To sum up, we are neither able to preserve our old games, nor able to move on and excel in other games. I know some friends here who want to start a business venture in sports management, but will it be feasible? I have no idea. But I do know this much - without proper backing, it does not have much chance of succeeding. Something needs to be done right now or else we will never be able to put India on the map of world sports.

Anil D'Souza - Archives:


by Anil D'Souza, Halealve
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Comment on this article

  • lgrao, Bangalore

    Sun, Aug 28 2011

    Hey very nice article. I used ot play all these games and miss them very much now. Those days were awesome. I try to enliven them by playing with my family and kids at home. Insteading of waiting for someone to start it will be good for us to start at home and teach our next generations.

  • Damayanthi, Kasaragod

    Sat, Apr 30 2011


    I got chenna mane. I used to play when I was a kid. But now I forgot the game. If any one knows this game plz explain the game.

  • Sanika gupte, Mumbai

    Thu, Nov 18 2010

    Its a very nice a days children are very much hooked to their tv sets,internet or busy in their tution classes that they hardly get any time to enjoy their childhood...I was actually thinking of working on these traditional old games which even i have 'just heard of' from my mother...yet find it amazingly intresting..Hope after reading this article children will be inspired to get active and enjoy their childhood..Cheers!!!

  • geoffrey, hathill

    Tue, Sep 28 2010

    of all these childhood country games, my most fav was 'Mara Manga' or 'Mara Kothi', later in the urbanized version of the same we used a spiral ladder (which can still be found on the long corridor of St. Aloysius highschool that leads to the chapel) in lieu of tree.

  • Shilpa, Mangalore/Dubai

    Mon, Sep 27 2010

    Yeah!...those childhood days were so wonderful!....miss those days very badly...your article really made me nostalgic....todays kids are just couch potatoes playing either computer games or video games...its really sad !..but you cant blame them...we elders need to encourage our kids to play outdoor games!...NO TIME!...THATS THE EXCUSE WE GIVE THEM IN THIS BUSY HECTIC LIFE!

  • apr, MUdarangadi/Dubai

    Mon, Sep 27 2010

    Very nice article

  • zeena naveen,

    Sun, Sep 26 2010

    Most of the time when we have family gathering in Dubai,mostly we play Huli-dana,belchendu....people around us watch like a tournament........very funny days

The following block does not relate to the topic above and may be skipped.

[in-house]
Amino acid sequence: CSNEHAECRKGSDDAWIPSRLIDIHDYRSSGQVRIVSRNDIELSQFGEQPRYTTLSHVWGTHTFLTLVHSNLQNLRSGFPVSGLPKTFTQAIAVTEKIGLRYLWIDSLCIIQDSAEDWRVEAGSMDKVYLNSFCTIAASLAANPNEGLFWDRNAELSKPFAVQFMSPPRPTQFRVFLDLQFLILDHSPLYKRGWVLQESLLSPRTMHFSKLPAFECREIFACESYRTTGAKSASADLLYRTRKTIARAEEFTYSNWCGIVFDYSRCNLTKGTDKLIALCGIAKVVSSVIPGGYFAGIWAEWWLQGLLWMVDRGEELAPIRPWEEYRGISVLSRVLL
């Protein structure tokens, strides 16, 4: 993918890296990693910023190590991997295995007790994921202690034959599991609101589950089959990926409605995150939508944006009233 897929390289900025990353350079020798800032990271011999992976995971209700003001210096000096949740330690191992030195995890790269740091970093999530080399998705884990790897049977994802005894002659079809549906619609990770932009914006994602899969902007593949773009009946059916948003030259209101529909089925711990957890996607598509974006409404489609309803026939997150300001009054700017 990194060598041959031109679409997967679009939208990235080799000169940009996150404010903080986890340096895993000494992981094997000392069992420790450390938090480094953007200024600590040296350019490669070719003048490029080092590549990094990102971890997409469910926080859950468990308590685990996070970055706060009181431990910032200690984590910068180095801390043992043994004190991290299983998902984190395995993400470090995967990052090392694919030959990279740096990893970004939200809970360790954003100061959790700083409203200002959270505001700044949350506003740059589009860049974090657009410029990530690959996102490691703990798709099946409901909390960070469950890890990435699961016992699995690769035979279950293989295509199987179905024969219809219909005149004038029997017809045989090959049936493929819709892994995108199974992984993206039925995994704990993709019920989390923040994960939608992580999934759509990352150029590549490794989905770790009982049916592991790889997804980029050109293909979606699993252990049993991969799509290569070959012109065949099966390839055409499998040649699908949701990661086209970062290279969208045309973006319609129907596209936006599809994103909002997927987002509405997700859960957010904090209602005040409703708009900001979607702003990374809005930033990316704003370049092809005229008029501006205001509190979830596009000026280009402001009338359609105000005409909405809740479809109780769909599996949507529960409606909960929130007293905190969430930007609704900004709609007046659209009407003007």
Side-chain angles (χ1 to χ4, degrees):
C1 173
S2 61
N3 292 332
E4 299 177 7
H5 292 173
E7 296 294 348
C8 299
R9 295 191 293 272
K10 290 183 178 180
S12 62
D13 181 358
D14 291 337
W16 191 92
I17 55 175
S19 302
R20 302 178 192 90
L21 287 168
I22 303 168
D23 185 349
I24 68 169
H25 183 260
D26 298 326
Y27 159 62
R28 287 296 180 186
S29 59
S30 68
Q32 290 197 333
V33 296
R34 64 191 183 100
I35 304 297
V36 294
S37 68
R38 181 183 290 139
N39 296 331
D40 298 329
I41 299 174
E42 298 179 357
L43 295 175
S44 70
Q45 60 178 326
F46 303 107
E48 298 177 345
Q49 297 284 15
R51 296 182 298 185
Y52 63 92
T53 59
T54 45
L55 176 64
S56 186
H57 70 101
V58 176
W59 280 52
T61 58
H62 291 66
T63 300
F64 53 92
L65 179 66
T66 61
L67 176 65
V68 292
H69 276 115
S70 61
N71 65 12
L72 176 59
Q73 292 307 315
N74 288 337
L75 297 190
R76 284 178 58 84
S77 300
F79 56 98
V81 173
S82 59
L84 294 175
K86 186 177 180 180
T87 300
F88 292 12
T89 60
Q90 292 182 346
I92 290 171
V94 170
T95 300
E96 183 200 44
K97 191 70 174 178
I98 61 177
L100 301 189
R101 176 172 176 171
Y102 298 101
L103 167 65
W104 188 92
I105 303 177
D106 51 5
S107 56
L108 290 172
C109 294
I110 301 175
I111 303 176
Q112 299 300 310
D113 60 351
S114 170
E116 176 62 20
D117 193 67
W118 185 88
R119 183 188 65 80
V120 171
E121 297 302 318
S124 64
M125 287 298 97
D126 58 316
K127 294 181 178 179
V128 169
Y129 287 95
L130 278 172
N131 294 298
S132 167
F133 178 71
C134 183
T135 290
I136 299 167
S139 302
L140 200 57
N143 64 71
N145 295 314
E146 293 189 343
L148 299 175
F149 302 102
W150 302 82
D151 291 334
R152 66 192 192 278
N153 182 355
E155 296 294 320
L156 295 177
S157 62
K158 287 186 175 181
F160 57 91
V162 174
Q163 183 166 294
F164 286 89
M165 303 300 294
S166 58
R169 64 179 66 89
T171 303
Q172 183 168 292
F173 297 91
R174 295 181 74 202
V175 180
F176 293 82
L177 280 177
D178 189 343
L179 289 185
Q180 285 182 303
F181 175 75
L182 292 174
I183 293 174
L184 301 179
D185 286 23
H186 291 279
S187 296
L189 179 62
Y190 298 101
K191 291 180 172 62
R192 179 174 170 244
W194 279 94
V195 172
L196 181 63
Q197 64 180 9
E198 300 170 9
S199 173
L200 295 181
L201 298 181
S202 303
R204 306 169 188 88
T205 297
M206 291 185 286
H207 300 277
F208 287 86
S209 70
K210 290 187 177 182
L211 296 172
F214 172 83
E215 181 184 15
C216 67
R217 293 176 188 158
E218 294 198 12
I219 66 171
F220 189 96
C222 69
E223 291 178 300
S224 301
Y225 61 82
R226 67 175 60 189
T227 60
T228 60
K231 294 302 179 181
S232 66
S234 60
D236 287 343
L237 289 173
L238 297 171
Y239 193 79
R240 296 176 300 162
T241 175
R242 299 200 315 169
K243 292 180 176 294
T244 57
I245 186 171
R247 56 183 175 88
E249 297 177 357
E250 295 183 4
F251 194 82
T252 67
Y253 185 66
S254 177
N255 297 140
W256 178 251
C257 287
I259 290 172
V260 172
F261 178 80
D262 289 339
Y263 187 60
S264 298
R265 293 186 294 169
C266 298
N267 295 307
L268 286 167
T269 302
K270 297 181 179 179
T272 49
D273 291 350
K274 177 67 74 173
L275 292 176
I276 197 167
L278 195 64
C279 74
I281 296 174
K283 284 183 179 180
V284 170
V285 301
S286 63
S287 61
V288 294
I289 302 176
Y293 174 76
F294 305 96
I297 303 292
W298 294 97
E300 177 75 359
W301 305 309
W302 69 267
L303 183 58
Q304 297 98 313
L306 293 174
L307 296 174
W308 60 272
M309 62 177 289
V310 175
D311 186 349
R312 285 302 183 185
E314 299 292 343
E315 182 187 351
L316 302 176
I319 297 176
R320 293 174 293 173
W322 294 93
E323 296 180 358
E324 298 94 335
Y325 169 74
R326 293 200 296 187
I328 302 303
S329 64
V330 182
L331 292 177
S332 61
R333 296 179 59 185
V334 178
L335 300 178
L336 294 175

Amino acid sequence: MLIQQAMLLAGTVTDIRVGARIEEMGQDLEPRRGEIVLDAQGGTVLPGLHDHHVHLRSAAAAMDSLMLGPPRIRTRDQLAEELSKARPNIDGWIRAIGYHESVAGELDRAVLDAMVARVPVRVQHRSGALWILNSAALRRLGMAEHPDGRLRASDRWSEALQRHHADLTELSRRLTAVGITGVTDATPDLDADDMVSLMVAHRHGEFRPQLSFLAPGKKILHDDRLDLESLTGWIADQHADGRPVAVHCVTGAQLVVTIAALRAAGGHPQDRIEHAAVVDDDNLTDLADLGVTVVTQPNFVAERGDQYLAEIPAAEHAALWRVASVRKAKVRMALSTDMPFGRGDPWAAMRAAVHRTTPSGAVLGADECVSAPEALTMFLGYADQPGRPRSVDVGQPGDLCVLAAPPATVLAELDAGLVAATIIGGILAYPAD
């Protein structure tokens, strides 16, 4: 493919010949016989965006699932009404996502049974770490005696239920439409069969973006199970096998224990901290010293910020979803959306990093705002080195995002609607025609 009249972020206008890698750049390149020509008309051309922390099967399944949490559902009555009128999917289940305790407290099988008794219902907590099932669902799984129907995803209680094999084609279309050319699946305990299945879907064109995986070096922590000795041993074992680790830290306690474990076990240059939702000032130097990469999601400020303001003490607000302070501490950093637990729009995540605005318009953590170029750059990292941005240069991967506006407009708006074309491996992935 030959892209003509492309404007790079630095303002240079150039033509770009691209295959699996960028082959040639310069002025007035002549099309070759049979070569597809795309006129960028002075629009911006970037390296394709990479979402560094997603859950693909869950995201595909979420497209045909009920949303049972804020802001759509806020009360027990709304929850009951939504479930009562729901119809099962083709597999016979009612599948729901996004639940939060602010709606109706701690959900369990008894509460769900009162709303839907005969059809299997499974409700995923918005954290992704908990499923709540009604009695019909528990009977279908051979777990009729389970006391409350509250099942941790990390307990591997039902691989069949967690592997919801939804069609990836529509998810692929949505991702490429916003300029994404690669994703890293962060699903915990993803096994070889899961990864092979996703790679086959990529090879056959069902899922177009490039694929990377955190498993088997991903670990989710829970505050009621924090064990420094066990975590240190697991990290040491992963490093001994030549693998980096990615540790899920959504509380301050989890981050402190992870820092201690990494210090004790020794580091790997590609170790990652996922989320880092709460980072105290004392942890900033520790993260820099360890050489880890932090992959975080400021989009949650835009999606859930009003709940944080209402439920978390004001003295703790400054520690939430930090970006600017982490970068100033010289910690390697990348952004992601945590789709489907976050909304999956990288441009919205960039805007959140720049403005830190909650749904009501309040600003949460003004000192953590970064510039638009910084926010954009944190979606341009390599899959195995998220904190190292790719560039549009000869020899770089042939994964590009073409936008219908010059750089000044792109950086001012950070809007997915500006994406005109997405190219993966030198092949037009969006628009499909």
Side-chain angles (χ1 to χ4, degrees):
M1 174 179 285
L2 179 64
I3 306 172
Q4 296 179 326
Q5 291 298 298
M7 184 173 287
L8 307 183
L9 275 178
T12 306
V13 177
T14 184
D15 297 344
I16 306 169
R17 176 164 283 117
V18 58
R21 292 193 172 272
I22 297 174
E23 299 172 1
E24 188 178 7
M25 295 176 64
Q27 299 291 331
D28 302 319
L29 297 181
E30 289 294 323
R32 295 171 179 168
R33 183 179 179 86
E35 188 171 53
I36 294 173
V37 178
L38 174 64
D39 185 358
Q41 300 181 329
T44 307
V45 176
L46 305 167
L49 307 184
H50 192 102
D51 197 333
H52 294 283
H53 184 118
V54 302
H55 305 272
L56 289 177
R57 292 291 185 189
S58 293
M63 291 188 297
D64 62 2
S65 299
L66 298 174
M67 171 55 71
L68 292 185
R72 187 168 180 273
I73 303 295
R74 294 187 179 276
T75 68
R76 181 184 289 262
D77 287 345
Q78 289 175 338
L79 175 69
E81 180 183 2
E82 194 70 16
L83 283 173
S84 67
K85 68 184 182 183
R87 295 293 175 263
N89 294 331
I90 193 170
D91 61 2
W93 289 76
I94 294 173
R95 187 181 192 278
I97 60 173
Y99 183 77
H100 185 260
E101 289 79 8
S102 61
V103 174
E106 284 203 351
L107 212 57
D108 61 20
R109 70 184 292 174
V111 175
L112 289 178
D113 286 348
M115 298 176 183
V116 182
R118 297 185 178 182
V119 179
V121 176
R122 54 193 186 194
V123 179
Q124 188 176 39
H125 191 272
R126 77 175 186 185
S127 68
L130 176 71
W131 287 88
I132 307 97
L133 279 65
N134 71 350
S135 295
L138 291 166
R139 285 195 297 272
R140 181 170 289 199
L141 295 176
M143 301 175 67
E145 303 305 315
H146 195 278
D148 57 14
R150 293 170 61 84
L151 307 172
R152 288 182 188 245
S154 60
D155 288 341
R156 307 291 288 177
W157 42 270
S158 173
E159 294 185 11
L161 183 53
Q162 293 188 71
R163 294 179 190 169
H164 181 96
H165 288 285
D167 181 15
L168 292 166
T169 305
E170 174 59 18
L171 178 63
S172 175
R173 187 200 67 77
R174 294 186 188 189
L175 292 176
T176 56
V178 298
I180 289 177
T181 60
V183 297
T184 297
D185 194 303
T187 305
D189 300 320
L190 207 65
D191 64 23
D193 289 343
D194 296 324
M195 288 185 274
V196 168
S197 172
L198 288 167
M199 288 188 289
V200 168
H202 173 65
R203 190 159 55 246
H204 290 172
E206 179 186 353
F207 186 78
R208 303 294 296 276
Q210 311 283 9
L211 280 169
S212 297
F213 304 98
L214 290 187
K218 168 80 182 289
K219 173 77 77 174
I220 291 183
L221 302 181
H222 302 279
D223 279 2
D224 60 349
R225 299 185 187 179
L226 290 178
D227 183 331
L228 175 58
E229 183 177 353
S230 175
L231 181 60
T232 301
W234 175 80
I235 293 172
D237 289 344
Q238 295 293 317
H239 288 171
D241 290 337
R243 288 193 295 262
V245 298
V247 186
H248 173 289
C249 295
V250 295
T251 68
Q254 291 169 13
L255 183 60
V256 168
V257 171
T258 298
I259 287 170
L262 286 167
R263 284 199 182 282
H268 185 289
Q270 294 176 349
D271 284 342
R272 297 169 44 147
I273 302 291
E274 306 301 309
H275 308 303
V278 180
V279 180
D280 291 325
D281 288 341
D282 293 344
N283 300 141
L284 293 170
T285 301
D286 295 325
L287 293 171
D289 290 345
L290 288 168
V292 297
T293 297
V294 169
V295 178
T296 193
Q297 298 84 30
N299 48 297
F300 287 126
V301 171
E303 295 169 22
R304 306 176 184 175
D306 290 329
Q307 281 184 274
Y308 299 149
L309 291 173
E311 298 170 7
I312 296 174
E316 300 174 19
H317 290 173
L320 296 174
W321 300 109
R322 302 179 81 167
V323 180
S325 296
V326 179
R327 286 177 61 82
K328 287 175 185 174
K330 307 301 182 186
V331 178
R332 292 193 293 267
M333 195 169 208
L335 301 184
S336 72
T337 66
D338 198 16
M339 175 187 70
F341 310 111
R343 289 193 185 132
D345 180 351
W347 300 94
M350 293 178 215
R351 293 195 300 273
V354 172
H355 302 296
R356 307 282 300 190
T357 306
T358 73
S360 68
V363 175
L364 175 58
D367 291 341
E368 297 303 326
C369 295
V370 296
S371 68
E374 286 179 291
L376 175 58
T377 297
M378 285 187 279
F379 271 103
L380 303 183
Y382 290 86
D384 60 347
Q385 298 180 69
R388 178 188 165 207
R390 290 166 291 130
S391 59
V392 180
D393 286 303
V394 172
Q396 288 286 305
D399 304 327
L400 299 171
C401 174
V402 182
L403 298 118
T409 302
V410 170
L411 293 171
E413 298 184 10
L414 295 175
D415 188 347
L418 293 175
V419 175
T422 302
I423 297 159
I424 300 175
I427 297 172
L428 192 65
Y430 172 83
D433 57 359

• Clara Lewis, Kemmannu/Dubai

    Sun, Sep 26 2010

    Nice article, along with all the above traditional games we use to play Kho Kho, ring, gellu aata,jokalleh(rope tied to branch of the tree) dolls wedding(made with peice of cloth),cooking game with coconut sells, leaves and sand. Making house(Igloo) with wet sand.

  • Rajesh Devadiga, Mangalore/Nigeria

    Sat, Sep 25 2010

    Well done Mr.Anil,
    I really like you article, and surely you will get much more knowledge by the reader's(Local).I have also played kutti donne,Gholi,Kanna Muche,Mara Mange,Lagori,Kabbadi,chenna mane,Jibli,Illata,donka riding,pathunata,High throw-pie throw,Beeja raja etc.......

    That days are unforgettable in my Life time....
    I will teach that to new Generation...

  • Joseph Dias, Mabukala

    Sat, Sep 25 2010

    Very Nice article. I recall another two games called "Benn Chendu" and "Hirup" played with Tennis ball or any rubber ball. Please along coastal side between Kundapur and Brahmavara must be knowing these games

  • Ahmed, MAngalore / Doha

    Sat, Sep 25 2010

    there was one more game we used to play in mangalore called as ko-ko

  • Ashok Bhat, Mangalore

    Sat, Sep 25 2010

    Very nice article which will take all of us to good olden happy days. Appriciate for those who are responsded to this article. I still would like to add some more traditional - Goli, Kambada Aata, Aajji Aajii yenu Hadukutti? Sujji, Mara - Dhada, Toppia Aata, Kannu Muchhale, Kaddi Aata etc,, All these sweet memories with all thise sweet friends....! Shall we go back to olden days and carry our happy life...

  • Richie, Doha

    Sat, Sep 25 2010

    Does any one rember this..Kanna Mucche, kade Gude.., Abba Ibba Muaa Muduka..., Alpin dalpin..,I saw three..We used to do this before starting any games, just to find who is the first one to start

  • Dolphy Paul, Mangalore

    Sat, Sep 25 2010

    Dear Anil,
    Thanks for your NICE article in the subject. We all now in age group of 30 have been a part of one or the other village game. I'm very much honored to tell that we 4 brothers & sister along with our family members and kids in DUBAI play these games (Lagori, Touch the wall, Dog in the bone) every Friday evening in one or the other parks or clubs and enjoy and cherish the richness we have. More over during EID holidays when we play these games in public parks the international community will just gaze…. And enjoy the way we play.
    Keep growing our cultural richness.